Qaboos helped in the Iran hostage crisis and the Gulf War and was a voice for moderation in the region.
Few Americans have heard of Qaboos bin Said al-Said, the sultan of Oman. But when he died Friday at 79, the U.S. lost an invaluable interlocutor. In nearly 50 years on the throne, Qaboos time and again helped presidents navigate delicate diplomatic and military challenges.
The sultan kept such a low profile that the adjective “reclusive” was almost obligatory in articles about him. But when President Obama’s efforts to restrict Iran’s nuclear-weapons program stalled in 2012, the interview I had long requested was suddenly and mysteriously granted. Within days, I was seeing him for a second time—the first was in 1997—at Hisn Al Shomoukh palace, some 90 miles from Muscat, the capital.
Not one for small talk, he came straight to the point: Iran was seeking a way out of its isolation and wanted to be free of sanctions. “No one can live on his own in today’s world,” he told me in fluent, slightly British-accented English. “They know they are mistrusted and must convince the world of their peaceful intentions.”
Mr. Obama agreed. In 2013, U.S. and Iranian diplomats met secretly in private villas on the Omani coast, where they laid the groundwork for the agreement signed in 2015. An Omani official told me before Qaboos’s death that the sultan was deeply distraught when President Trump unilaterally withdrew from the agreement.
Qaboos’s diplomatic efforts were broad-ranging. He encouraged efforts to broker peace between Israelis and Palestinians and kept Oman’s embassy in Cairo open after 1979, when other Arab leaders shunned Egyptian President Anwar Sadat for making peace with Israel. While other Arab leaders kept their dealings with Jerusalem secret, Oman welcomed Prime Minister Yitzhak Rabin in 1994, the first such visit in the Gulf. Oman and Israel established trade offices in 1996, although Oman closed them after the Palestinians began the Second Intifada in 2000. In 2018 the ailing sultan welcomed Prime Minister Benjamin Netanyahu to Muscat.
Despite his close ties to Iran, in April 1980 Qaboos let America use the island of Masirah to stage a rescue mission for the 53 hostages from the U.S. Embassy Tehran was holding. After the Soviets invaded Afghanistan in 1979, Qaboos let American forces pre-position military equipment in the Omani desert. That paid off in 1991 when it enabled Washington to shave months off the liberation of Kuwait from Iraqi occupation. Omani mediation and financing have helped free American and other Western hostages from Yemen and Iran.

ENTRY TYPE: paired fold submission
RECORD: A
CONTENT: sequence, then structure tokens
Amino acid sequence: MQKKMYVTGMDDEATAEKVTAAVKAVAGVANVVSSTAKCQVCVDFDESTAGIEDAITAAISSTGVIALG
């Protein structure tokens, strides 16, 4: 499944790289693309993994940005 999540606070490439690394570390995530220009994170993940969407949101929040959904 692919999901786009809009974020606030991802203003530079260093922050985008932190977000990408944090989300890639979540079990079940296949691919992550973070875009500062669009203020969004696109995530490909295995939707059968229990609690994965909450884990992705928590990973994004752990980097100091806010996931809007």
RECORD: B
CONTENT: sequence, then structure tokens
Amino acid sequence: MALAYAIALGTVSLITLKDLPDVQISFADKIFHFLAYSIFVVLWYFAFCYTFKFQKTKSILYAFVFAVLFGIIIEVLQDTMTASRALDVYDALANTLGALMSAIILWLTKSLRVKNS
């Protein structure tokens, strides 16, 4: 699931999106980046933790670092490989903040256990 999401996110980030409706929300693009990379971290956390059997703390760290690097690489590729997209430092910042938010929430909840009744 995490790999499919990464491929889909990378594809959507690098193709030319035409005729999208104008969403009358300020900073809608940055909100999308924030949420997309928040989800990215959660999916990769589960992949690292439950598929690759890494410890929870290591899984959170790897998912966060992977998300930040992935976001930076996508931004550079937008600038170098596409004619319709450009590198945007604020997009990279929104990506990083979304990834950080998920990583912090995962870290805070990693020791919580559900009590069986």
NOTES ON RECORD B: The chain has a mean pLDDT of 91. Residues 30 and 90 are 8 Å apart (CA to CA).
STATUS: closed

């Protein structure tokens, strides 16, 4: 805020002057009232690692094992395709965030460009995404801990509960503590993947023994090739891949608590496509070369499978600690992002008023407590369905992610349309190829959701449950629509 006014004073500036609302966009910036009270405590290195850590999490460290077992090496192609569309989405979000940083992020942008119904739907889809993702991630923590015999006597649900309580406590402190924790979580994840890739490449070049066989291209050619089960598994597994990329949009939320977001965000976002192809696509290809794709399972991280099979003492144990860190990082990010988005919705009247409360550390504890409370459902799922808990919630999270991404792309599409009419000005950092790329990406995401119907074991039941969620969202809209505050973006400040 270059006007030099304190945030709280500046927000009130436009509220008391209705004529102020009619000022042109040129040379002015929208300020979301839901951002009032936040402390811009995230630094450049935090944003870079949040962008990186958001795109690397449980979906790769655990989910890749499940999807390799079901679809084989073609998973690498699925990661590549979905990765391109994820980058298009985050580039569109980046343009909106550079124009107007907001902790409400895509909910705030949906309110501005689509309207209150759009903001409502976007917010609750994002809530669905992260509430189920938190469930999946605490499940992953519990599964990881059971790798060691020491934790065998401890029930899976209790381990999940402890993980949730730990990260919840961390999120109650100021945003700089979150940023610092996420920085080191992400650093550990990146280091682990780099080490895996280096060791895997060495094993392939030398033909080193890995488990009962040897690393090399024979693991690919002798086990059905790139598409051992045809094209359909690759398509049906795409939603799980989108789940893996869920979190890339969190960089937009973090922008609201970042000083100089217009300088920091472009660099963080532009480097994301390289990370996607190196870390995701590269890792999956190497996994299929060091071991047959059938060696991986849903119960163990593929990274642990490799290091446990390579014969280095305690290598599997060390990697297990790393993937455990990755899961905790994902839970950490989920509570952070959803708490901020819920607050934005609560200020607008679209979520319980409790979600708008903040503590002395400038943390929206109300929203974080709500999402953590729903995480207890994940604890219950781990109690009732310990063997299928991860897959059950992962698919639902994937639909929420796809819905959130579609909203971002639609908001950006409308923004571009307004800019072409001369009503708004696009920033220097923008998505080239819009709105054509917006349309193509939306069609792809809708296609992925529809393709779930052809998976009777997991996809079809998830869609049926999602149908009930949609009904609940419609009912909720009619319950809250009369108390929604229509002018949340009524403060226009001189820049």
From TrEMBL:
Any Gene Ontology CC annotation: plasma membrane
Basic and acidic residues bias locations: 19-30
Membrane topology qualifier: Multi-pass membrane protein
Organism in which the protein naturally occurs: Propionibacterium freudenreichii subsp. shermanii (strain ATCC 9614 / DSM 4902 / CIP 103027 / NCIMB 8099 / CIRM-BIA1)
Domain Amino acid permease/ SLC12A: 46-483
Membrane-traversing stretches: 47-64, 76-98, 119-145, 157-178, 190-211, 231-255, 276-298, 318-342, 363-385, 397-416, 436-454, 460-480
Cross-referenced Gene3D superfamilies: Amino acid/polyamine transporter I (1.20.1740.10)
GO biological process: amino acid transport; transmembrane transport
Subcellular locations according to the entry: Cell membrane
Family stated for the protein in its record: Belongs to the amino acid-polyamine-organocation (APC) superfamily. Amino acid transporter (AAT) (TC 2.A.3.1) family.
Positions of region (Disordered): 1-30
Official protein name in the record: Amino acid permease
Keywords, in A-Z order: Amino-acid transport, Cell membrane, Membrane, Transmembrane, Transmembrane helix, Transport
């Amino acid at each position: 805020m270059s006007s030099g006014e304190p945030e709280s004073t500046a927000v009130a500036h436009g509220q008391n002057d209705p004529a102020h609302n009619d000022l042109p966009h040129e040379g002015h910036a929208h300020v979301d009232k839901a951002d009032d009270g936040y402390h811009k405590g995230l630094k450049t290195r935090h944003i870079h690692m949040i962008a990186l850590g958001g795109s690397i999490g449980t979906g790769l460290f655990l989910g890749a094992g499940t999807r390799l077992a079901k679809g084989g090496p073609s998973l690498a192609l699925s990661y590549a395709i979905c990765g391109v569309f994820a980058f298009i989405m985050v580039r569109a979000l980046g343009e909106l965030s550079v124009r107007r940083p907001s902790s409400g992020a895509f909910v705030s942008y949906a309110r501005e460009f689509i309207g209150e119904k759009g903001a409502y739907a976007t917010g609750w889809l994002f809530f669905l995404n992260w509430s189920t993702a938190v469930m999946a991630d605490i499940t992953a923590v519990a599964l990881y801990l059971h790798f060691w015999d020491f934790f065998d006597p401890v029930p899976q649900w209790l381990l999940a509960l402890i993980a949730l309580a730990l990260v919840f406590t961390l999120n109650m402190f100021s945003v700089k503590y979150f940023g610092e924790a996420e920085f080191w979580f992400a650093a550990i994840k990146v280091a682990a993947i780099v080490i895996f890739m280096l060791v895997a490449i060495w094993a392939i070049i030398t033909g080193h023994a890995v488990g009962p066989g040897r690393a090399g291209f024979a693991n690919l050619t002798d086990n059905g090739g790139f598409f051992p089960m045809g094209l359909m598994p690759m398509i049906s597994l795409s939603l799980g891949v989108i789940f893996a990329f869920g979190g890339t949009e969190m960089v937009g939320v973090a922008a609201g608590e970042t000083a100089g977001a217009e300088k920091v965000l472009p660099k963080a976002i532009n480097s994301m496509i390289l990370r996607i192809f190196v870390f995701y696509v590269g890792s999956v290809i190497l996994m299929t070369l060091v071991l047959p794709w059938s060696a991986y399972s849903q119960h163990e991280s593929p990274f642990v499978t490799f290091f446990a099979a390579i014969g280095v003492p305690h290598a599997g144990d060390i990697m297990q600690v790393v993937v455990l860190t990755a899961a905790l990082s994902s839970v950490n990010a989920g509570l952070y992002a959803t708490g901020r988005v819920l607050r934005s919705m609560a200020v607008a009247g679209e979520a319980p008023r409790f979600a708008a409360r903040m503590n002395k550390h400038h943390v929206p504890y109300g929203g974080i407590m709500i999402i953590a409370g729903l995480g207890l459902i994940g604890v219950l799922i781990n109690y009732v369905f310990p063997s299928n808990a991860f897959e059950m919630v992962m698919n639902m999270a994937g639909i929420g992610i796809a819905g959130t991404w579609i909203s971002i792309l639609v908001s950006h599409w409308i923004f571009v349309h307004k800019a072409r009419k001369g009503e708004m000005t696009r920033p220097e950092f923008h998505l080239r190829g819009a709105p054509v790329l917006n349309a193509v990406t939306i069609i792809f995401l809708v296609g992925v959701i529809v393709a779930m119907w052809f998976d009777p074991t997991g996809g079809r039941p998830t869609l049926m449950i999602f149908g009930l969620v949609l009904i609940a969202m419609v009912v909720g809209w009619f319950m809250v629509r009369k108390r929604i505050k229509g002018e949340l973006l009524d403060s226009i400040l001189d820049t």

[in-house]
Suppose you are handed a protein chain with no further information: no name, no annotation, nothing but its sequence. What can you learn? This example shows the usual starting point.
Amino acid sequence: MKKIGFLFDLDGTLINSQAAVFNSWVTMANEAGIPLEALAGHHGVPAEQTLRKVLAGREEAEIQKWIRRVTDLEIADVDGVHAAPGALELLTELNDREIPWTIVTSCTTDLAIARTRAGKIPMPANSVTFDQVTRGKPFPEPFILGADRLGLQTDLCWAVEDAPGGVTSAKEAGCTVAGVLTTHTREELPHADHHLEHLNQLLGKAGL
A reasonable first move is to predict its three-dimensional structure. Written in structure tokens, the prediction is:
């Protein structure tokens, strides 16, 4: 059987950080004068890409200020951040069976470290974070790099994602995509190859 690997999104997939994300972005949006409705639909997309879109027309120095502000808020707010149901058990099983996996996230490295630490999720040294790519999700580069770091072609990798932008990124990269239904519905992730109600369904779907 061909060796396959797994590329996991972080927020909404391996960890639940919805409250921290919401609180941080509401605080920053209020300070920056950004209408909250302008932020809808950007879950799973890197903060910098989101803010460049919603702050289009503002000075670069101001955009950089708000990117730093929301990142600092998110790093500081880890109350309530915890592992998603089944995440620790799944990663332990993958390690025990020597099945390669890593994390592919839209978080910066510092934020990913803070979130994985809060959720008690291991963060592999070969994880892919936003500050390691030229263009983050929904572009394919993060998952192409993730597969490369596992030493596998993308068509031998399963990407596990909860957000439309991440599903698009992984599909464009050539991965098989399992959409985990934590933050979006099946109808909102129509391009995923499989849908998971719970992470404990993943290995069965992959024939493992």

Qaboos’s reign began in 1970, when he deposed his father, Sultan Said bin Taimur, in a bloodless, British-backed coup. At the time, Oman was a backwater with about six miles of paved road and widespread illiteracy and malnutrition. The next half-century saw it develop into a developed, stable country with modern roads, schools and hospitals. Our 1997 interview came three months after the enactment of the Basic Law—an Islam-based constitution, complete with a bill of rights that guarantees press freedom, religious tolerance and equality of the sexes.
In both our meetings, he stressed his desire to move Oman—now a nation of 4.6 million, a majority of whom are Ibadi, an Islamic sect that predates the Sunni-Shiite split—toward greater democracy. But in 2012 he stressed the need to move slowly, so as to avoid the Arab Spring destabilization that doomed the presidency of his Egyptian friend Hosni Mubarak and helped trigger the Syrian civil war. Although Qaboos established a parliament and supreme court, most power remained in his hands. An absolute ruler, he retained the posts of sultan, prime minister, finance minister, and defense minister and commander of the armed forces.
Charming, witty and shrewd, the sultan said in 2012 that he had become largely vegetarian. He spoke passionately about music, architecture and his desire to prevent Oman from losing its distinctive character and religious exceptionalism. His opening of the Royal Opera House Muscat in 2011 had helped make Muscat a tourist destination. But despite his desire to reduce Oman’s dependence on oil, of which it produces less than a million barrels a day, he encouraged only high-end tourism. The country has no cheap hotels.
Qaboos’s cousin and successor, former Culture Minister Haitham bin Tariq al Said, vows to continue the sultan’s policies. Still, Frances D. Cook, a former ambassador to Oman, says, “The U.S has lost not only a unique Middle Eastern leader but also its best friend in the region.”
This piece originally appeaered in The Wall Street Journal
Photo by Chris Jackson/Getty Images